Conditions precedent in contracts & waiver thereof
A party seeking to enforce a contract bears the burden of proving that all conditions precedent have been satisfied. Mensa-Wilmont v. Smith Int’l, Inc., 312 S.W.3d 771, 781 (Tex. App.—Houston [1st Dist.] 2009, no pet.). When a party’s obligation under the contract is conditioned upon the happening of a future event, the condition must be performed or fulfilled exactly as set forth in the contract before the promise can be enforced. Centex Corp. v. Dalton, 840 S.W.2d 952, 956 (Tex. 1992); Beard Family P’ship v. Commercial Indem. Ins. Co., 116 S.W.3d 839, 844 (Tex. App.—Austin 2003, no pet.).
Exceptional circumstances and other reasons for avoidance
Courts may excuse compliance with a condition precedent if requiring its performance will cause extreme forfeiture or penalty and if its existence or occurrence is not an essential part of the parties’ bargained-for exchange. See Lesikar Const. Co. v. Acoustex, Inc., 509 S.W.2d 877, 881 (Tex. App.—Fort Worth 1974, writ ref. n.r.e.).
Waiver of conditions precedent
The failure of a condition precedent may also be waived by the failure to insist on performance. Ames v. Great S. Bank, 672 S.W.2d 447, 449 (Tex. 1984); Farmer v. Holley, 237 S.W.3d 758, 760 (Tex. App.—Waco 2007, pet. denied). Waiver is an affirmative defense and is defined as the intentional relinquishment of a known right or intentional conduct inconsistent with claiming it. Sun Exploration & Prod. Co. v. Benton, 728 S.W.2d 35, 37 (Tex. 1987); Straus v. Kirby Court Corp., 909 S.W.2d 105, 108 (Tex. App.—Houston [14th Dist.] 1995, writ denied). To prove waiver, a party must show that the other party to the contract had knowledge of the right and remained silent or inactive for an unreasonable period of time. See Tenneco, Inc. v. Enter. Prod. Co., 925 S.W.2d 640, 643 (Tex. 1996). Waiver may also be satisfied by showing intentional conduct inconsistent with the claim of right. Sun Exploration, 728 S.W.2d at 37. Waiver is ordinarily a fact question. Tenneco, 925 S.W.2d at 643. Because waiver is largely a matter of intent, it will not be implied absent a clear intent expressed in words, acts, or conduct. See EZ Pawn Corp. v. Mancias, 934 S.W.2d 87, 89 (Tex. 1996).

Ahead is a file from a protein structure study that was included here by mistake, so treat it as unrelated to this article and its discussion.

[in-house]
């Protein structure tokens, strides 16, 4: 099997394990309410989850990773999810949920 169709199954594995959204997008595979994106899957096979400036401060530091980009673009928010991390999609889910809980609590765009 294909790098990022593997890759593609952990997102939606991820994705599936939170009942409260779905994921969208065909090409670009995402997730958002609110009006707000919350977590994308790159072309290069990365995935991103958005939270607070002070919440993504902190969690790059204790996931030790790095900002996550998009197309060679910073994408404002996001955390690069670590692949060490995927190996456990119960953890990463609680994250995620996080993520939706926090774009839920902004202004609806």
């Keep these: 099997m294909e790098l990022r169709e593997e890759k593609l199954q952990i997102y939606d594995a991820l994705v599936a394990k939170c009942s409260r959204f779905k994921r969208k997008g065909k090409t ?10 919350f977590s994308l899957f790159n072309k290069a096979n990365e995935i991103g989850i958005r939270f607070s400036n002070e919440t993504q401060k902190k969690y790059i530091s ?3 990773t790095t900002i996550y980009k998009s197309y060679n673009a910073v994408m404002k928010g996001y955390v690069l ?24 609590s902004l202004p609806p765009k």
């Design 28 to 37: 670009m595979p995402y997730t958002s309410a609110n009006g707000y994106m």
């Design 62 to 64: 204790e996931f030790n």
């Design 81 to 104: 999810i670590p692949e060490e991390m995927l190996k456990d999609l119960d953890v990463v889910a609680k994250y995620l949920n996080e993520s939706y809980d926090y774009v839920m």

SOURCE: Houston Court of Appeals - 01-10-00042-CV - 8/4/11